Town and Country Planning Regulations 2023 Committee

I was a member of the Draft Town and Country Planning (Fees for Applications, Deemed Applications, Requests and Site Visits) (England) (Amendment) Regulations 2023 Delegated Legislation Committee on Wednesday, 25 October 2023. I asked for clarification on how many responses the Government received to their consultation, as a percentage?”

Rachel Maclean MP, the Minister of State, Department for Levelling Up, Housing and Communities responded by saying: “I thank the right hon. Member for that point. I will have to write to her about that, if she will allow me.

I followed this up by asking: “I have two points to make. First, I would like the percentage of the number of consultations that were returned—was it 1% or 100%? Secondly, how will the Government monitor whether local authorities are actually using the fees for the purposes intended?”

This intervention was followed by a back-and-forth with the Minister:

“The civil servants have helpfully given the answer that there were 495 responses to the consultation. What was the percentage of returns? Was that a 1% return of the total number of people who were consulted, or was it 100%? Is it 495 of 495? What is the percentage?”

There are two separate points. The point about the consultation is that there were 495 responses, but how many people were consulted? What is the percentage—was it a 1% return or a 50% return? On a separate point, the Minister helpfully said that local authorities have to spend the fees on planning and planning officers. How will the Government monitor whether they are doing that? The intention and the direction are there, but how can the public—my constituents—be reassured that that money will not be used for other purposes?”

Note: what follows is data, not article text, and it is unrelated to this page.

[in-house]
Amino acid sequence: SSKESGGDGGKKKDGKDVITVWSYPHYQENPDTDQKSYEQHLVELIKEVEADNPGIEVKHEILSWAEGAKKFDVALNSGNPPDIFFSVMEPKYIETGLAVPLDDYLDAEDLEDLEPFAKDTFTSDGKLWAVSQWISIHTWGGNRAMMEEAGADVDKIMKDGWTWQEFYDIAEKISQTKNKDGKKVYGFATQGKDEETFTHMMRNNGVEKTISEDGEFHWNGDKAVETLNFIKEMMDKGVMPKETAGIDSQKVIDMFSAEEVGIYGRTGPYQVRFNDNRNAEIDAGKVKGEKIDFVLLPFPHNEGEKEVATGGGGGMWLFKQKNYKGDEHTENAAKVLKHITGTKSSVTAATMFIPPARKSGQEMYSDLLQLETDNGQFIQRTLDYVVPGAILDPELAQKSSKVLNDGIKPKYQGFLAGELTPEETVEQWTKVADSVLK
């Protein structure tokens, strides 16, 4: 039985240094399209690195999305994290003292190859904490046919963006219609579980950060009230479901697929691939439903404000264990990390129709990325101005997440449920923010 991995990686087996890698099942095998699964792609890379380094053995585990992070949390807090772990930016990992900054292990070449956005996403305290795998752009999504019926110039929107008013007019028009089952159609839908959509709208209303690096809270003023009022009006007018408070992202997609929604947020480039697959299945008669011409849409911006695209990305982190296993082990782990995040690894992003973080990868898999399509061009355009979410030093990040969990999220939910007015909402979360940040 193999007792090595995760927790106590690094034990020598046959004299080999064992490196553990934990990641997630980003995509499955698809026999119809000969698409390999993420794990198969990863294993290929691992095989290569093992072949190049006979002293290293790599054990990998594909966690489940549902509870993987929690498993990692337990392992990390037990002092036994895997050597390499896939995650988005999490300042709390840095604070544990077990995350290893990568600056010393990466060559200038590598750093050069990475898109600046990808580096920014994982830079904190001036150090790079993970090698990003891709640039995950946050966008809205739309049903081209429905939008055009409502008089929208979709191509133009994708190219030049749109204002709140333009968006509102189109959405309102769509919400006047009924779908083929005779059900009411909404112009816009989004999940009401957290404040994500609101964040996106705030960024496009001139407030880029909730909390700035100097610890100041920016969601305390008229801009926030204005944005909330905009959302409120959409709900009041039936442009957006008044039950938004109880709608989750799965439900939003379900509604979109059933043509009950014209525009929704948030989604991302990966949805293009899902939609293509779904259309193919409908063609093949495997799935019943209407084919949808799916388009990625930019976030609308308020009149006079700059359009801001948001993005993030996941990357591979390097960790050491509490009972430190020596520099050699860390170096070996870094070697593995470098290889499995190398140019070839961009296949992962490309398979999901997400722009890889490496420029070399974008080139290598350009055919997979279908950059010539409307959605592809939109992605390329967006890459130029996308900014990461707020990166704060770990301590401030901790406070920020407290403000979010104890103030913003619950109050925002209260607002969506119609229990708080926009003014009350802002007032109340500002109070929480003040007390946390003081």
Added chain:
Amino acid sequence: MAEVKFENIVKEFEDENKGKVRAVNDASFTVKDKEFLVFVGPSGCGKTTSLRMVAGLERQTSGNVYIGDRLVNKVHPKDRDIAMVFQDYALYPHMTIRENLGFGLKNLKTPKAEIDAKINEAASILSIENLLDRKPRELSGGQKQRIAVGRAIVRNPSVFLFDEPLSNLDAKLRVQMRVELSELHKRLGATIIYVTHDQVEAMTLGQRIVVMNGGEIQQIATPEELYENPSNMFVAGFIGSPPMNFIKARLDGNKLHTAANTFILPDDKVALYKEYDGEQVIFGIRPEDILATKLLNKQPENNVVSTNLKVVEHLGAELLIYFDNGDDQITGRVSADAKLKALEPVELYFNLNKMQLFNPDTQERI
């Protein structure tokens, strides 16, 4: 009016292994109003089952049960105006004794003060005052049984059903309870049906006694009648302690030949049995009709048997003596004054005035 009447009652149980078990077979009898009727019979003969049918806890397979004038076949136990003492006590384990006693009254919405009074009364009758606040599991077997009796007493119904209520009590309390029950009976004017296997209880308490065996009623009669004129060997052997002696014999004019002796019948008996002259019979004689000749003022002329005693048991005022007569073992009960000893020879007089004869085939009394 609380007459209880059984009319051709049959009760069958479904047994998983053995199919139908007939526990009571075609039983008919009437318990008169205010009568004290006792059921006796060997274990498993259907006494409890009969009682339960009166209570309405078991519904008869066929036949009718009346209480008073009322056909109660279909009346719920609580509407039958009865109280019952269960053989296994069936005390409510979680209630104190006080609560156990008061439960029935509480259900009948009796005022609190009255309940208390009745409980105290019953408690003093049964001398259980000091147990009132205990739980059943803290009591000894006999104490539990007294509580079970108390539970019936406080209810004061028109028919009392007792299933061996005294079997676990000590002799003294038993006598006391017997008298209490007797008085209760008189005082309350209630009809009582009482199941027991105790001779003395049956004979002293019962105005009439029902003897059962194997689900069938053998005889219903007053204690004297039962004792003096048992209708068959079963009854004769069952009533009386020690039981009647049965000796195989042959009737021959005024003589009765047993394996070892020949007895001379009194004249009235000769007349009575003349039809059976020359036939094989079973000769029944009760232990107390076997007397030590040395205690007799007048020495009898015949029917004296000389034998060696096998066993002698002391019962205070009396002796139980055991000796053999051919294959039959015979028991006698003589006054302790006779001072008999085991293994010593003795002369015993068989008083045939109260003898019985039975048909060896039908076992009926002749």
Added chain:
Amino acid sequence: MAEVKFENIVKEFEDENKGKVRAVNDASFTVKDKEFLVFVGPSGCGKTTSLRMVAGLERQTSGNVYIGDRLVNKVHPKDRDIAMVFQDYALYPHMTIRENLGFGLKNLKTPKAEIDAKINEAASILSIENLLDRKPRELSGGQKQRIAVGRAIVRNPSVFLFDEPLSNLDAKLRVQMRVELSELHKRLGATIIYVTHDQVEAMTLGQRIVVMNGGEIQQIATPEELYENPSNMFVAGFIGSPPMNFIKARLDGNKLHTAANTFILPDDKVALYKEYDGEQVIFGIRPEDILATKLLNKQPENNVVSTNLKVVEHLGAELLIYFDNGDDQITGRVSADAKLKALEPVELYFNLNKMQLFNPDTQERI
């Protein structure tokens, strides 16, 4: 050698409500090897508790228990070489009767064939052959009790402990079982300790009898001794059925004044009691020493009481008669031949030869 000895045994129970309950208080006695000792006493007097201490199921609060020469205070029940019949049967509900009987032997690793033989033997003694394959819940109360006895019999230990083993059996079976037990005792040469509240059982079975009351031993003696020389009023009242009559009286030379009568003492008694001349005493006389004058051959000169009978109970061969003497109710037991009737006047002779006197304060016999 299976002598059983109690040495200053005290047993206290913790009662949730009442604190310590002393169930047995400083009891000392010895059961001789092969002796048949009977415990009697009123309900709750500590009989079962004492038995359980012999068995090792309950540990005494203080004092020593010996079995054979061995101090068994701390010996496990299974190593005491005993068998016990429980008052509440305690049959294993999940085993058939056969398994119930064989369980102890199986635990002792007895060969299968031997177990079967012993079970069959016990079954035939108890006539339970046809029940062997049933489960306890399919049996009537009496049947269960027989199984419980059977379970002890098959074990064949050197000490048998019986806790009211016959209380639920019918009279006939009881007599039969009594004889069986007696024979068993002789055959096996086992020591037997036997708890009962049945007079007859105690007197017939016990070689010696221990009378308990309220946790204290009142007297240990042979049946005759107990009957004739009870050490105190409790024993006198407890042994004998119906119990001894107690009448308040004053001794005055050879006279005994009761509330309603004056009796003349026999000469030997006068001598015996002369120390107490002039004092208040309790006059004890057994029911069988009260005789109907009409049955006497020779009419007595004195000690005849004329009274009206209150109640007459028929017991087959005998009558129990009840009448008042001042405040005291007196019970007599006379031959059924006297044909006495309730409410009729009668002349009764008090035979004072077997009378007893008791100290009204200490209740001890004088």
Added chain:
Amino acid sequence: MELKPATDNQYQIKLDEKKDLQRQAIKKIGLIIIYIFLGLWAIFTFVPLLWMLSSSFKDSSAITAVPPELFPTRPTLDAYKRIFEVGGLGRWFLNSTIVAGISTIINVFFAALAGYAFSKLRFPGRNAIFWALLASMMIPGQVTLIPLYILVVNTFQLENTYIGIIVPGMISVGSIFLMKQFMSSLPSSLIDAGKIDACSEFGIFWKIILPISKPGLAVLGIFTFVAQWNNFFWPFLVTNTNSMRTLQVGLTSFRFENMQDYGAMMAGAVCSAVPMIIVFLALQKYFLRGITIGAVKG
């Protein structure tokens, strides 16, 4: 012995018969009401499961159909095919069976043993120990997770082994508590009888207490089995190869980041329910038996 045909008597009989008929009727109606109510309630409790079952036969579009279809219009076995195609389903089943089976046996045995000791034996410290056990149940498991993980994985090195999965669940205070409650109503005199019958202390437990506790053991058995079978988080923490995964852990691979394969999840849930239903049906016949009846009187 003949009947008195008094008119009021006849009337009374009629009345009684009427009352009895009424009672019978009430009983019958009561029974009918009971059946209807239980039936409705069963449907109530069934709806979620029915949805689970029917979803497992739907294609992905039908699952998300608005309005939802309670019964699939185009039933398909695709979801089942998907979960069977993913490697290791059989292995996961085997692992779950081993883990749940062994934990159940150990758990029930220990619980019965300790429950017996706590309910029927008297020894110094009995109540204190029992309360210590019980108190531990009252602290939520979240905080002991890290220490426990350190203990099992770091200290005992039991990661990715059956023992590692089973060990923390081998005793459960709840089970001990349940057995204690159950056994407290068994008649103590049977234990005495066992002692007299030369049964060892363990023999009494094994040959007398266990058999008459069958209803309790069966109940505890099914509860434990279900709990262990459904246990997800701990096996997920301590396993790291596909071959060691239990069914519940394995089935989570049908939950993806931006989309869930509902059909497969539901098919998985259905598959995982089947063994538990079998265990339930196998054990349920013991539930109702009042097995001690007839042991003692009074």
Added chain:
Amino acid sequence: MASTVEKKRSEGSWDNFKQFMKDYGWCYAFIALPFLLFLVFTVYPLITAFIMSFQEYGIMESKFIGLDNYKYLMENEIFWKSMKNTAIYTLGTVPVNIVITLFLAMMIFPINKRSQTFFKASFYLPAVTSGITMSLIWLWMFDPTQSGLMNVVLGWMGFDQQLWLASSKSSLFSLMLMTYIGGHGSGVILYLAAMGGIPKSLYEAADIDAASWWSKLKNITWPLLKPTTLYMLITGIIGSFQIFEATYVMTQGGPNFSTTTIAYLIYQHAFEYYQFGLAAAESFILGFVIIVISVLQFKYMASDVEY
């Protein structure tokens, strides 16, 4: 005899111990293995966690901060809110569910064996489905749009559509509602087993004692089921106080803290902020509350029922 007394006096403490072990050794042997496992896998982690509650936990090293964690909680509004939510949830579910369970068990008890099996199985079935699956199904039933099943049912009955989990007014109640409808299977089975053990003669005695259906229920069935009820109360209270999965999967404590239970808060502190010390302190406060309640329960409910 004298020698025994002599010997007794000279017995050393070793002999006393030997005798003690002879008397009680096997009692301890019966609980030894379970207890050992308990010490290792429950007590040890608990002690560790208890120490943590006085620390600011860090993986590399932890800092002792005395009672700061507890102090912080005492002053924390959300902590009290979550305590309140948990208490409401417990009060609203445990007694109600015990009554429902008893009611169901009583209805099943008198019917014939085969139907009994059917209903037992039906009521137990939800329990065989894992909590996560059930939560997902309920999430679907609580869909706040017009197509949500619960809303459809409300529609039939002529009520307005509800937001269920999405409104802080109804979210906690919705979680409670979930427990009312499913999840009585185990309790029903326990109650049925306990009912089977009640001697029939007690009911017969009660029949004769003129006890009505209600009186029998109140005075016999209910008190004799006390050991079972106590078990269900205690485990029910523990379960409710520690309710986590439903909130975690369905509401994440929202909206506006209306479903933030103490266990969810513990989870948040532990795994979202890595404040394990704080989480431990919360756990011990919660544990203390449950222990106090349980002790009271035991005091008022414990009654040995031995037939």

The Minister said: I will respond to the right hon. Lady’s second point, as I understand that question very clearly. I think it is better if I write to her on the first question. My understanding is that there were 495 responses, but I do not know how many people were actually asked. I think she is asking for a response rate—” I indicated my agreement, to which the Minister followed up by saying: 

“We may be able to provide a further breakdown and further detail on those responses, and what they were in favour of and against. I am sure we can provide that information to the right hon. Lady and any other Committee member who is understandably interested in that.

“The point about planning performance is really important. It is feedback I always hear from industry and householders, as my hon. Friend the Member for Central Suffolk and North Ipswich has mentioned. Planning performance is an issue that is raised time and again. My overall conclusion and response is that when people are applying for these services, although they expect to get a good service, they have not always had that, which has led to overall dissatisfaction with the system. It also has a knock-on effect on the public’s confidence in the planning system more generally, which leads to a lot of the other issues that we see time and again. I am sure all Members have messages in their inbox about these sorts of issues, which are common across the country.

“We recognise that the current metrics on planning performance, including the use of extensions of time, do not adequately reflect the performance of local authorities. We recognise that they do not capture the consumer experience either. We have therefore recently consulted on proposals to measure performance across a broader set of quantitative and qualitative measures, providing greater transparency of service delivery and enabling early action where local authorities are not performing. We will come forward with further details on those measures in due course.

“Separately to that, my Department and civil servants in the relevant team have very granular information on local authorities’ performance in this area—as well as a number of other areas, of course—on which they regularly report to me. On that basis, other Ministers and I are Toggle showing location ofColumn 10able, where necessary, to exercise our functions and powers to intervene and to remove planning powers from local authorities, although we obviously only want to do that as a last resort. However, we do expect local authorities to be providing these services to their residents, which we monitor.”